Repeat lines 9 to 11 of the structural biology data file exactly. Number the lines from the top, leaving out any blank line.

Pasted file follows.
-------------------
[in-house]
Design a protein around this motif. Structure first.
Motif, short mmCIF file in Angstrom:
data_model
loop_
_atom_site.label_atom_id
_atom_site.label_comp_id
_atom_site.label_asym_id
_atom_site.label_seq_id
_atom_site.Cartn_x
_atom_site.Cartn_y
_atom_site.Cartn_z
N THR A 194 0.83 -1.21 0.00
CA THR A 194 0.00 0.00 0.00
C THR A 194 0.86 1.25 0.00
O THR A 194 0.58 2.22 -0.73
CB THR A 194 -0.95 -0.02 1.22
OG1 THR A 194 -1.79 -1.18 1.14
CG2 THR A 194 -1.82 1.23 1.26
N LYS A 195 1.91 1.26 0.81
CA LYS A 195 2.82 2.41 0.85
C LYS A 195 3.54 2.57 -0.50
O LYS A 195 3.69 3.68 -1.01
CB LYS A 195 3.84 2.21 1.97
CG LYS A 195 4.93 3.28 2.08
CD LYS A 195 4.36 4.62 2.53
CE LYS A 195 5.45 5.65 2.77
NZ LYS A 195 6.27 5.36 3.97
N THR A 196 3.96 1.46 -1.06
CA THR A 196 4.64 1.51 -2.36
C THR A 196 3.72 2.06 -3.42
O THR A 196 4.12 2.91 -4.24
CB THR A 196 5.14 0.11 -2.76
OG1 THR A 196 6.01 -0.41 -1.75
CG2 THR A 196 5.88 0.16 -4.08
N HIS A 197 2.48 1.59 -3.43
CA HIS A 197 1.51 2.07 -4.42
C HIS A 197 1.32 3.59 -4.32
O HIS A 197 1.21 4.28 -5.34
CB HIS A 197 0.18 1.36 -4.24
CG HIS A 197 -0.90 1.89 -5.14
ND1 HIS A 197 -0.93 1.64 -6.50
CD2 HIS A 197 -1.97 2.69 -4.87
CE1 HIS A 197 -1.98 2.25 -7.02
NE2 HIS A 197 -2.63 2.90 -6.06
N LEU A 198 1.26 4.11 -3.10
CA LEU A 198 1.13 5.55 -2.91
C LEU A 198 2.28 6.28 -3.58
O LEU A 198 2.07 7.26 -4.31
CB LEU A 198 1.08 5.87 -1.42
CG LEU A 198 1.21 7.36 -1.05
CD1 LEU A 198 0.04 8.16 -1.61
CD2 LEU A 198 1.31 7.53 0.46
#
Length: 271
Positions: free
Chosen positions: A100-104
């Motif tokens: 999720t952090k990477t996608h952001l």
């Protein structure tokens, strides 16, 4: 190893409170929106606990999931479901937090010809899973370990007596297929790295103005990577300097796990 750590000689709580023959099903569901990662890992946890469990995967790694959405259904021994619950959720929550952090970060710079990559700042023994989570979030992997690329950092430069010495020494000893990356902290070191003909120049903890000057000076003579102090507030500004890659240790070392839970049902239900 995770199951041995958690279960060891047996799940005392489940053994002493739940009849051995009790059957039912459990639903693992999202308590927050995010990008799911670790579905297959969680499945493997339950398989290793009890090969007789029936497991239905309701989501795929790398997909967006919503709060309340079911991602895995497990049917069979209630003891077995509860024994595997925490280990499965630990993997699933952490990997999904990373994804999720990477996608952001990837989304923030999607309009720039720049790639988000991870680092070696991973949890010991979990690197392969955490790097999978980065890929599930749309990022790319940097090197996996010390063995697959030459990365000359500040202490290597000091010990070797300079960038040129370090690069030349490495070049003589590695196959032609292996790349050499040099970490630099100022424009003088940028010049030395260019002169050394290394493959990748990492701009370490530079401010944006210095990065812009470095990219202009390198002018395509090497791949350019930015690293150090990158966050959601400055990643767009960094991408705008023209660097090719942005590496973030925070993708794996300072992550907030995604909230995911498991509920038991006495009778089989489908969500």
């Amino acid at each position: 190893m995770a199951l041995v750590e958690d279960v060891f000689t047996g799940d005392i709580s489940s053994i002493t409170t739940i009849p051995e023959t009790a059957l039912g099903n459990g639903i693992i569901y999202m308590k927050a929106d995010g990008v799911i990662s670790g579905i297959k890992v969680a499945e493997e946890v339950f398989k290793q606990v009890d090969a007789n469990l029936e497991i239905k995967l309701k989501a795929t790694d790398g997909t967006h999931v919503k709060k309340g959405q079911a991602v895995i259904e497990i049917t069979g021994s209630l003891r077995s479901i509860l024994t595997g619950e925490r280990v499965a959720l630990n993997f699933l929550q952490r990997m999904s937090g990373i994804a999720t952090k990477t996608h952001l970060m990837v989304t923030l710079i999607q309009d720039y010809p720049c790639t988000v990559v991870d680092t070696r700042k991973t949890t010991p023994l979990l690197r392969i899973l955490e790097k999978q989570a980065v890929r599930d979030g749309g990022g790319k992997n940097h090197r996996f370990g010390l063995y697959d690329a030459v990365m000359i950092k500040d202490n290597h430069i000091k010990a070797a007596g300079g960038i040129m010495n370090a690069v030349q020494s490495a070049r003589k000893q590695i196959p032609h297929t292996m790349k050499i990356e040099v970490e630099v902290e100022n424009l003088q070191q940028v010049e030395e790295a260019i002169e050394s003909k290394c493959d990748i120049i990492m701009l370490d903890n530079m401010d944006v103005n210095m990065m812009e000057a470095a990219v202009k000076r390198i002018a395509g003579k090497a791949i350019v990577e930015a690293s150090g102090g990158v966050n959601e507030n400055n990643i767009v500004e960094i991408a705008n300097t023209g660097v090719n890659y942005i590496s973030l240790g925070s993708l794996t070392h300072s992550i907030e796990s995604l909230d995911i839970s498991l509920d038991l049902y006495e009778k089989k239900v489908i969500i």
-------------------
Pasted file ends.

_atom_site.label_seq_id
_atom_site.Cartn_x
_atom_site.Cartn_y